MDS In a Application Life Cycle Environment RRS feed

  • Question

  • Hi

    I'm putting together an approach for managing MDS across an enterprise and I have come across an issue where I hope someone will be able to help.

    Lets consider the scenario from day 1 where the MDS Model version in production and in development are the same. The version in production gets updated by a user with new data. The version in Development model gets updated for example new entities, attributes, relationships etc

    We now have the situation where the 2 models are out of sync. However I now need to be able to validate the data in production against the new model. If the model changes are small then this can be easily managed by taking a model + data package off production into a testing area and apply the new model from development on top and validate.

    However if the model changes are drastic then we need a method of migrating the data in Production into a new model. To acheive this I need to be able to extract data ONLY from the Production model. I've had a look at the structure of how the MDS data is stored and its not entirely obvious how I would be able to acheive this. Has anyone been in a similar situation and can offer any advice on how I can acheive this?

    Any help would be great

    Kind Regards


    Wednesday, April 20, 2011 4:43 PM



    Hi John,

    I believe you've answered the first part of your question, so I'll focus on the last part: migrating data in a significantly changed model.


    To start with, I would recommend a practice where you begin by having both the old and new model constructs side-by-side in the new model.  For example, if you are replacing attribute "A" on your customer entity with attribute "B" or replacing entity "C" with entity "D", I would add to the model such that both old and new objects (A and B; C and D) coexist together temporarily until you can migrate your data.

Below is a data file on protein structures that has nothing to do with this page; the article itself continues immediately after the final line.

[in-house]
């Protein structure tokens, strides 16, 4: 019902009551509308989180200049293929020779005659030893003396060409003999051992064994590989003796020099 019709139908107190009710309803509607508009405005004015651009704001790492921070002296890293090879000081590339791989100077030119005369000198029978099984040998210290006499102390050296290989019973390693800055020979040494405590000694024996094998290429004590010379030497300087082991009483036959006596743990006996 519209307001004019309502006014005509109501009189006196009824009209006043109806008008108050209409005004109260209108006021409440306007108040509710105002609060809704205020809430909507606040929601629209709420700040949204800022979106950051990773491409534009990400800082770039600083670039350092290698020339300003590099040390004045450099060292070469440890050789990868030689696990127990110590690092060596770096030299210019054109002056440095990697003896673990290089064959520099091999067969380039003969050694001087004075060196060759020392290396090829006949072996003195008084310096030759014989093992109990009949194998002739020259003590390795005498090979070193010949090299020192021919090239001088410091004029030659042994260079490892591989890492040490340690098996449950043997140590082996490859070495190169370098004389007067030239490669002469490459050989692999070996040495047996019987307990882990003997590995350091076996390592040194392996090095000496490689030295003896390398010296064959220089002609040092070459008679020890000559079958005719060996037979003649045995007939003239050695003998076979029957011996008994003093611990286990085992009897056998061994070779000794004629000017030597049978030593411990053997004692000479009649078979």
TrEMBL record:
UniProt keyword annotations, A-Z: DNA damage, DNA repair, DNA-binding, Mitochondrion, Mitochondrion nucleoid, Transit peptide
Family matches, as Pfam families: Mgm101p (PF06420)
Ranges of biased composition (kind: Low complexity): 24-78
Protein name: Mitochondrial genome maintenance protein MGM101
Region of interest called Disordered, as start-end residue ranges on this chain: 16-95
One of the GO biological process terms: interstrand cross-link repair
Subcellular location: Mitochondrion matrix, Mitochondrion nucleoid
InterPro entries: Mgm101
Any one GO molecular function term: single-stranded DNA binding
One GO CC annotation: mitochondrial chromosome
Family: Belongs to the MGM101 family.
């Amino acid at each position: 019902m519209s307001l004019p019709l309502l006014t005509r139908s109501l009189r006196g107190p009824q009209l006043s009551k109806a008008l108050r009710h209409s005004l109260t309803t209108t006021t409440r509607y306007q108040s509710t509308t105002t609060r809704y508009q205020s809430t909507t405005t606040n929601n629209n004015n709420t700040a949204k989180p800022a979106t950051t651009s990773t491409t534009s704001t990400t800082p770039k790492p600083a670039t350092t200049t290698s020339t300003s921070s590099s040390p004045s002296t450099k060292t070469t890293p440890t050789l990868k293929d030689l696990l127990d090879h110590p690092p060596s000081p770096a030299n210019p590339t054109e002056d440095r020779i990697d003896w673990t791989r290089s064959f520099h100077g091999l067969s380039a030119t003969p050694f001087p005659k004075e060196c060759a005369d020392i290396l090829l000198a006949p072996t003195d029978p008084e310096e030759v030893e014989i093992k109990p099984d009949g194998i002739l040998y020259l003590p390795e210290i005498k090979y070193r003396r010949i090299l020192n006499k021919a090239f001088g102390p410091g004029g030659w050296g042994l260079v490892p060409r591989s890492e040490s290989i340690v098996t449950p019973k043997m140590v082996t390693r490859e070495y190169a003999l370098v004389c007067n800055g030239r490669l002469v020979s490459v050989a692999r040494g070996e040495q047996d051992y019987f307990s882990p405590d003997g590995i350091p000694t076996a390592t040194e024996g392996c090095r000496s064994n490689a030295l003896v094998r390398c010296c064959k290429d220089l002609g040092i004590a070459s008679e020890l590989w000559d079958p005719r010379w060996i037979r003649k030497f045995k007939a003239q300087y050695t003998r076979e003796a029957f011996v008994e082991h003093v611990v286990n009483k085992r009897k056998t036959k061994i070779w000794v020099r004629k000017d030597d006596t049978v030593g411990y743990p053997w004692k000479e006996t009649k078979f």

Second, I would create subscription views that expose the data that I want to migrate.


    Third, I would create simple SQL scripts that select from the subscription views (data in the legacy objects) and insert the data into staging (targeting the new objects).  You could develop and test your scripts in the test environment and then apply the scripts in production for the final migration.


    Once your data is migrated, you could decide if it makes sense to kill off the old model objects or just make them invisible to users via restricted security settings.


    Reference information on staging and subscription views:

    See blog entries:

    Importing Data by Using the Staging Process

    Staging Examples and Troubleshooting

    Staging information in BOL:



    Subscription view (exporting) information in BOL:




    Val Lovicz



    Monday, May 2, 2011 1:56 PM